Tom Landrum’s undergraduate experience at UGA proved to have such an impact on the future vice president for development and alumni relations that he came back as an alumnus to serve a 38-year career on campus.
As a UGA undergraduate, Landrum was active in a full range of student activities including campus politics, University Union and the Pandora Yearbook, where he met his wife, Susan. Landrum, who will retire from his post June 30, graduated from UGA in 1972 with a bachelor’s degree in history.
After working a stint in public relations at Lander College in Greenwood, S.C., Landrum returned to Athens in 1976 to accept a position in what is now known as the UGA Public Affairs Division. Shortly after that, Landrum and Susan were married. The two worked at the university together for more than 35 years; Susan retired as executive assistant to the provost two years ago.
As he rose through the ranks in the Public Affairs Division, eventually serving as director, Landrum became involved in a capital campaign-the Bicentennial Fund-the university was preparing to launch. That was the first time he interacted with the fundraising programs at UGA.
“It was the first comprehensive campaign in UGA history, and it was a success. After that the whole idea of how higher education public relations works with development became something of interest to me,” Landrum said. “It intrigued me.”
The topic interested Landrum so much that his master’s degree in journalism was focused on the relationship of fundraising and public relations practitioners at state land-grant universities.
Before reaching his current post, Landrum spent time working as an assistant for the vice president for development and university relations, followed by executive assistant and chief of staff roles for former Presidents Charles B. Knapp and Michael F. Adams.
“During President Knapp’s tenure, we launched the Third Century Campaign, and then in the early years of President Adams’ tenure, we launched the Archway to Excellence Campaign,” Landrum said. “I had roles in the execution, planning and strategies in both of those campaigns.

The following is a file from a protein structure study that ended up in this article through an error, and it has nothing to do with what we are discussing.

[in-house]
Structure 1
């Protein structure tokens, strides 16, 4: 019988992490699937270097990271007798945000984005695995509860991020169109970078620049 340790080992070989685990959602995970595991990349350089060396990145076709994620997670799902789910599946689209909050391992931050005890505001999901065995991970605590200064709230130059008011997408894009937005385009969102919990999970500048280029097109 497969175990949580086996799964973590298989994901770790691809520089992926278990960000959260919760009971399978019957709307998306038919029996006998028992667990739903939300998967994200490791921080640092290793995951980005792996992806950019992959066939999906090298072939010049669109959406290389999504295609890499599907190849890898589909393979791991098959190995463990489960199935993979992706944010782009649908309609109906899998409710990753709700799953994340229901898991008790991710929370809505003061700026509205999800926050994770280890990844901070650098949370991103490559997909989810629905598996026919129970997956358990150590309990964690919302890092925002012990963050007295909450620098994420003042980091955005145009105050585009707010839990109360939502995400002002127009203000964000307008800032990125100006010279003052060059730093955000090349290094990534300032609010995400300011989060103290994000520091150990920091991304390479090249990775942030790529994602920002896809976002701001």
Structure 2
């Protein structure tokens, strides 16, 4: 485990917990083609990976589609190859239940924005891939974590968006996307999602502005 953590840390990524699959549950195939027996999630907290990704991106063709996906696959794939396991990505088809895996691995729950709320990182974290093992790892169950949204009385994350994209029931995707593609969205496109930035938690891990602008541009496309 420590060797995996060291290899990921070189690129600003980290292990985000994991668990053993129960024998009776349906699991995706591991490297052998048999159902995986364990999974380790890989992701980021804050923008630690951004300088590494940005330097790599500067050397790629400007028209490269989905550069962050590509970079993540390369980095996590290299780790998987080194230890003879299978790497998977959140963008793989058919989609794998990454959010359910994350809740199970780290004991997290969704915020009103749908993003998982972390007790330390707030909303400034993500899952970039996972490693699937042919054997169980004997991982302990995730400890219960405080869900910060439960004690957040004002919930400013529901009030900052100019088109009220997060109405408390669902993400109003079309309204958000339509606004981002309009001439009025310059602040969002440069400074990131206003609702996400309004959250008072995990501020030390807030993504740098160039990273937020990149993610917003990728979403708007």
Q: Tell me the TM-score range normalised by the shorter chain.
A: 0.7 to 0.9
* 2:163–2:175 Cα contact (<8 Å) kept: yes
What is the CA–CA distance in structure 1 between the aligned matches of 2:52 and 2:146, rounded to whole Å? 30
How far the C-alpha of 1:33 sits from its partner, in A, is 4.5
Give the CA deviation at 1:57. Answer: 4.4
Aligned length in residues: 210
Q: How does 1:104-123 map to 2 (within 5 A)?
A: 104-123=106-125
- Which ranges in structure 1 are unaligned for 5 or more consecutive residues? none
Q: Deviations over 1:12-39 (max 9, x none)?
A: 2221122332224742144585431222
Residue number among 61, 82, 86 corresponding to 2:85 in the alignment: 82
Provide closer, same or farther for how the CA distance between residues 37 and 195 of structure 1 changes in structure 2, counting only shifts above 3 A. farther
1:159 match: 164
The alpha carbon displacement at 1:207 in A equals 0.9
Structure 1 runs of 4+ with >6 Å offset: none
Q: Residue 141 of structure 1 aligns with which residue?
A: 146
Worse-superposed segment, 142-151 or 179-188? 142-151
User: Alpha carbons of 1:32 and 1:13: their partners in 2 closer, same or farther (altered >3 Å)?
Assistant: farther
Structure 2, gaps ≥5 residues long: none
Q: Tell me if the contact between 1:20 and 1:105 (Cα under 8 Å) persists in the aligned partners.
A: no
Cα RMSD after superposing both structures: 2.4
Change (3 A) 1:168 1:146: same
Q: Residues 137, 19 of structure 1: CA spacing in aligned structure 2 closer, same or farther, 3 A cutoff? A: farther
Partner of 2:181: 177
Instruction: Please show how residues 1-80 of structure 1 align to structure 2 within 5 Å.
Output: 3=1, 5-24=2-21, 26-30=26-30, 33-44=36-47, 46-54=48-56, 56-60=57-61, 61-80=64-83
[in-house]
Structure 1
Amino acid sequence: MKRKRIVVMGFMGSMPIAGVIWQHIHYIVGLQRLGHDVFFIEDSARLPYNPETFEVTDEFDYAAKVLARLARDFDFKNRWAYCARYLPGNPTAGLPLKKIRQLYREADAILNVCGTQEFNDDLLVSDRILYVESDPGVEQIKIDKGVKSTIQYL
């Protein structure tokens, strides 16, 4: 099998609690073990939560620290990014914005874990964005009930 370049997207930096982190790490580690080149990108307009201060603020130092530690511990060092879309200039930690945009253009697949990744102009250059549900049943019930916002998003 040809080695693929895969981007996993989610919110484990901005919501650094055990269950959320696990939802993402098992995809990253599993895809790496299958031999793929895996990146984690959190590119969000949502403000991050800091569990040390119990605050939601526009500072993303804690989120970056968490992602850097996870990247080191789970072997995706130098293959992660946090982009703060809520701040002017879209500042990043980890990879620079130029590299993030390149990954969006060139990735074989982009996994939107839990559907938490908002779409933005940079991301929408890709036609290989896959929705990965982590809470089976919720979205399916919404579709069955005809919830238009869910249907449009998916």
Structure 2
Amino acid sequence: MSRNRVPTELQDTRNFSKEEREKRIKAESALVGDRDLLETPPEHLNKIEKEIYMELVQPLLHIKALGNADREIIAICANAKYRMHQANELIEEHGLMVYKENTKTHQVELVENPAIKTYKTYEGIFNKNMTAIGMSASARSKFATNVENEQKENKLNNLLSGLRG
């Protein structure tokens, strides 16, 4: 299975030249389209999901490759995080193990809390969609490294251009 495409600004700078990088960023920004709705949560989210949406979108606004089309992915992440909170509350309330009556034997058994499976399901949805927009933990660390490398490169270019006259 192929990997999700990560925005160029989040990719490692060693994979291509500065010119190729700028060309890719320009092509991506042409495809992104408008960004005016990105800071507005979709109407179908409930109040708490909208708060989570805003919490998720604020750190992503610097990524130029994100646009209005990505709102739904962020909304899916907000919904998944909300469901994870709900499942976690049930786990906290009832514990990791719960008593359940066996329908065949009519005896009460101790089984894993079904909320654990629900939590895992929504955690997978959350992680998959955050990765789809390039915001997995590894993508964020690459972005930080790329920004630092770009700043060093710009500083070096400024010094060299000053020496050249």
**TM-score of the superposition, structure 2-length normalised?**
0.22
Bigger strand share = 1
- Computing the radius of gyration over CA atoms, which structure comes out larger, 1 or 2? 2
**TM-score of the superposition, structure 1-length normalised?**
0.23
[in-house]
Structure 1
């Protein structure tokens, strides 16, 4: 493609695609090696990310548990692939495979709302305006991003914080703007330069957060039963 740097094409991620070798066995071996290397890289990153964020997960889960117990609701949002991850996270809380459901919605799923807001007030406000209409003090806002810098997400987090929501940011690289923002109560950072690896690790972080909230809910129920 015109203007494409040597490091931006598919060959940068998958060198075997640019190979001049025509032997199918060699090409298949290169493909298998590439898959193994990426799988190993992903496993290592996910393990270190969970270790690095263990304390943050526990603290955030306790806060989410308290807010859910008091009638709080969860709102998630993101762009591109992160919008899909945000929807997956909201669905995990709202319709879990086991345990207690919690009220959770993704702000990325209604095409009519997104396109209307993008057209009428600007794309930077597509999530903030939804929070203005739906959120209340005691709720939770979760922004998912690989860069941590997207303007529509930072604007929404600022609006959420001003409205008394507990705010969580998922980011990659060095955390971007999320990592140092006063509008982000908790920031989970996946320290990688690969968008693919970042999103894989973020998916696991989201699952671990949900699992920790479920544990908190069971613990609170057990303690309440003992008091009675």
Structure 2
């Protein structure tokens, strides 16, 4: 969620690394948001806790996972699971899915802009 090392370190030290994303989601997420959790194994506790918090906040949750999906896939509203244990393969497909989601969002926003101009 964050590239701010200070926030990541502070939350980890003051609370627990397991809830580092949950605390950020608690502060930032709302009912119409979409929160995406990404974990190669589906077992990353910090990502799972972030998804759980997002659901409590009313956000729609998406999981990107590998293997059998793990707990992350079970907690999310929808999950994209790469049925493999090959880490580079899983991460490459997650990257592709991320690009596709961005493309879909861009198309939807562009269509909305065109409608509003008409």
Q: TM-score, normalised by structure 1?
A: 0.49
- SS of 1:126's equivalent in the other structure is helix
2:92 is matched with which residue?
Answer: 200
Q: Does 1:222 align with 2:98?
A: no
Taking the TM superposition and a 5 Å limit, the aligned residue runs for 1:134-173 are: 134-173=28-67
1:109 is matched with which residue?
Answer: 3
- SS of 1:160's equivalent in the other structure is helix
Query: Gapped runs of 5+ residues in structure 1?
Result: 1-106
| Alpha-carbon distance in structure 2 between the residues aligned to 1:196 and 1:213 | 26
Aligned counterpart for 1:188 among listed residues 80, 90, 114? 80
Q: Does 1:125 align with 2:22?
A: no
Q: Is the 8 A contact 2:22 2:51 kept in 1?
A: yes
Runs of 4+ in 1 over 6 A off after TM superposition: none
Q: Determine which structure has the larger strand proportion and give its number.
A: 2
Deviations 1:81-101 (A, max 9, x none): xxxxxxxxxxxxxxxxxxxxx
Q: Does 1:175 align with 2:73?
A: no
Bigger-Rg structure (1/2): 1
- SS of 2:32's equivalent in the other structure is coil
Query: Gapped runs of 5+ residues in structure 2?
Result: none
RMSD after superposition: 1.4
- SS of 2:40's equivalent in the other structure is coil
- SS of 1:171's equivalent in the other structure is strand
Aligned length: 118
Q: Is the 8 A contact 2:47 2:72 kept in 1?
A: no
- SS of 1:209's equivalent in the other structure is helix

“Throughout all of that time I gained a better understanding of what a state land-grant university means to its alumni, its constituencies and its students,” he said. “I learned more about that aspect of the profession than I could have ever learned in any classroom.”
Since 2008, Landrum has worked to advance the university’s interests by securing gifts from its alumni and friends. To do that, he has led a development and alumni relations team, a gift accounting and financial services group, and a special events team. His office also has oversight of the Career Center.
Landrum and his fundraising program currently are engaged in the nucleus phase of an eight-year comprehensive campaign, yet unnamed, that has a working goal of not less than $1 billion.
“I have been fortunate to have worked with leaders both external and internal to the university,” Landrum said. “I’m proud to have been part of so many team efforts that have advanced excellence at UGA.
“In particular, it has been satisfying to have been part of a team that has generated gifts and commitments in excess of $100 million a year for every year since 2006, and that has set new records in annual giving.”
Landrum also said he is proud to have re-launched the Parents and Families Association within the development office. In 2010, he worked to establish a UGA Board of Visitors to enhance the university’s presence in the Greater Atlanta area.
Landrum also oversaw efforts to launch two new alumni relations programs—the Bulldog 100 and 40 Under 40—to recognize young and emerging alumni leaders. During his tenure, he also provided leadership in merging the Arch Foundation with the UGA Foundation to create a single, unified foundation for the university.
Landrum said that while he had opportunities to leave UGA for other lines of work, he always felt he had new challenges to tackle at the university.
“My work was always, in my mind, fresh and new,” he said. “I never felt the need to pull up stakes and go to another campus since I had the opportunities here.”
Having put in more than 40 years in higher education, Landrum said the time is right for him to look at other opportunities.
“I feel like I’m young enough to have a second career in any place that I would like to go,” he said.
This summer, Landrum will return to the University of Heidelberg to teach students about American language and culture. He’s done the one-month stint three times before and enjoys being able to travel and immerse himself in another country’s culture.
While he’s in Europe, Landrum feels his successor, Kelly Kerner, will be in good shape. Landrum said the next vice president for development and alumni relations “will be extremely fortunate to be a development and alumni relations officer for a university that is clearly on the rise with support from its alumni, friends and constituencies; there is an unlimited potential for future success in so many areas.
“[Kelly Kerner] will instantly realize, just like I did, that this is a great place to work with quality people who are deeply invested in the success of this university,” Landrum said.